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#whatdoesittake #ChildrenofSyria #syrianlivesmatter #Syriacrisis #YarmoukCamp #Syria #SpeakUp4SyrianChildren #childrenofsyria #NoLostGeneration #SaveTheRestOfSyrianChildren #Aleppo_Genocide #save_aleppo #TortureReport #syrianchildren #Yarmouk #Assad #AssadCrimes #AssadWarCrimes #SaveYarmouk #TortureReport #humanity #childrights #withsyria #stopshelling #HumanRights #Syrian #SyriaCivilWar #howmanymore #warcrimes #warcriminals

Syria Assad Regime Gruesome Torture Photos on Display at UN

Graphic exhibition of photographs showing the victims of atrocities carried out by Assad regime goes on display at UN headquarters.

The photographs were part of a cache of 55,000 smuggled out of Syria on flash drives last year by “Caesar”, the code name given to a former Syrian military photographer who defected. Caesar had been tasked with taking pictures of the corpses of those who died inside facilities run by the Assad regime. The thousands of images were taken between 2011 and 2013, and according to forensic analysis depict 11,000 deaths. Caesar and his team recently began posting photos from the cache of victims’ faces on Facebook, to help families and prosecutors identify their missing relatives.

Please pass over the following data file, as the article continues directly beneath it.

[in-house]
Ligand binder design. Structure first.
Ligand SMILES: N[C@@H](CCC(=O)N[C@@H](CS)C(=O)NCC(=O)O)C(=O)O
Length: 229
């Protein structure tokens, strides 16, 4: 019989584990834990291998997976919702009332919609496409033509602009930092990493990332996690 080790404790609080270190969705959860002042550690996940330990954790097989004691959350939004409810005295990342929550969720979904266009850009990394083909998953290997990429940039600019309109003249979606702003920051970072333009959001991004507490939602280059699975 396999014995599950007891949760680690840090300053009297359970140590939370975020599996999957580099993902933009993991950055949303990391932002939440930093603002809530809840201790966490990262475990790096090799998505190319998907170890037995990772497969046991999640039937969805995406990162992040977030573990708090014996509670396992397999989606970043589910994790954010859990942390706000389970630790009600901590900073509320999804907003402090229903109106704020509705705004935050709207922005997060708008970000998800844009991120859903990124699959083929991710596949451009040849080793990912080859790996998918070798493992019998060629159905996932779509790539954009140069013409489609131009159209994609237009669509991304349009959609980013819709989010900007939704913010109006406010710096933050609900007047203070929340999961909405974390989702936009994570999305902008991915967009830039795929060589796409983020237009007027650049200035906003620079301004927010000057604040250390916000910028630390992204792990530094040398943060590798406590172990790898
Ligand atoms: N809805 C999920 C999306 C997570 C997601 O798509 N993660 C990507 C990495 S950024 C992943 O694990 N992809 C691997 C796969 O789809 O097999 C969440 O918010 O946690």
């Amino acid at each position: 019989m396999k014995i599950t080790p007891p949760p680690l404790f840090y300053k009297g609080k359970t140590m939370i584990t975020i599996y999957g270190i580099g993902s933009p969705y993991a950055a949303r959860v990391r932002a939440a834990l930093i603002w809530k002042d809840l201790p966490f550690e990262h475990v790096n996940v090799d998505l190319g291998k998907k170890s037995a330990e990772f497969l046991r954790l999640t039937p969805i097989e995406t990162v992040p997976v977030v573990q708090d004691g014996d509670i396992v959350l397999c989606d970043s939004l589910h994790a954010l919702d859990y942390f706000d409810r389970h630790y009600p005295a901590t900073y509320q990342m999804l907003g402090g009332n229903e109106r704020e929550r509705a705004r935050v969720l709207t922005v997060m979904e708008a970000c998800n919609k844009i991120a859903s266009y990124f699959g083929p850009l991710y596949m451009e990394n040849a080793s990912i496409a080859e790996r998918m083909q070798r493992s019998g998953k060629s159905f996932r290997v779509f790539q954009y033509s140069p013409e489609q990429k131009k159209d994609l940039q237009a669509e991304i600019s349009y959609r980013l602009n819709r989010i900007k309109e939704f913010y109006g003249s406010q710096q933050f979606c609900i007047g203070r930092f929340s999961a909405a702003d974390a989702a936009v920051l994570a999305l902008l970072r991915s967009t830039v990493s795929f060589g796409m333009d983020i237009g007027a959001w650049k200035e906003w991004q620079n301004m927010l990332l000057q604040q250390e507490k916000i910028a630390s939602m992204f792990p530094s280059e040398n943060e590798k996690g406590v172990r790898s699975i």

syria assad torture photos on display at UN

syria assad torture photos on display at UN

syria assad torture photos on display at UN

syria assad torture photos on display at UN

syria assad torture photos on display at UN

syria assad torture photos on display at UN

syria assad torture photos on display at UN

syria assad torture photos on display at UN

syria assad torture photos on display at UN

syria assad torture photos on display at UN

syria assad torture photos on display at UN

syria assad torture photos on display at UN

syria assad torture photos on display at UN

syria assad torture photos on display at UN

syria assad torture photos on display at UN

Article from:
http://www.theguardian.com/world/2015/mar/11/images-syrian-torture-shock-new-yorkers-united-nations#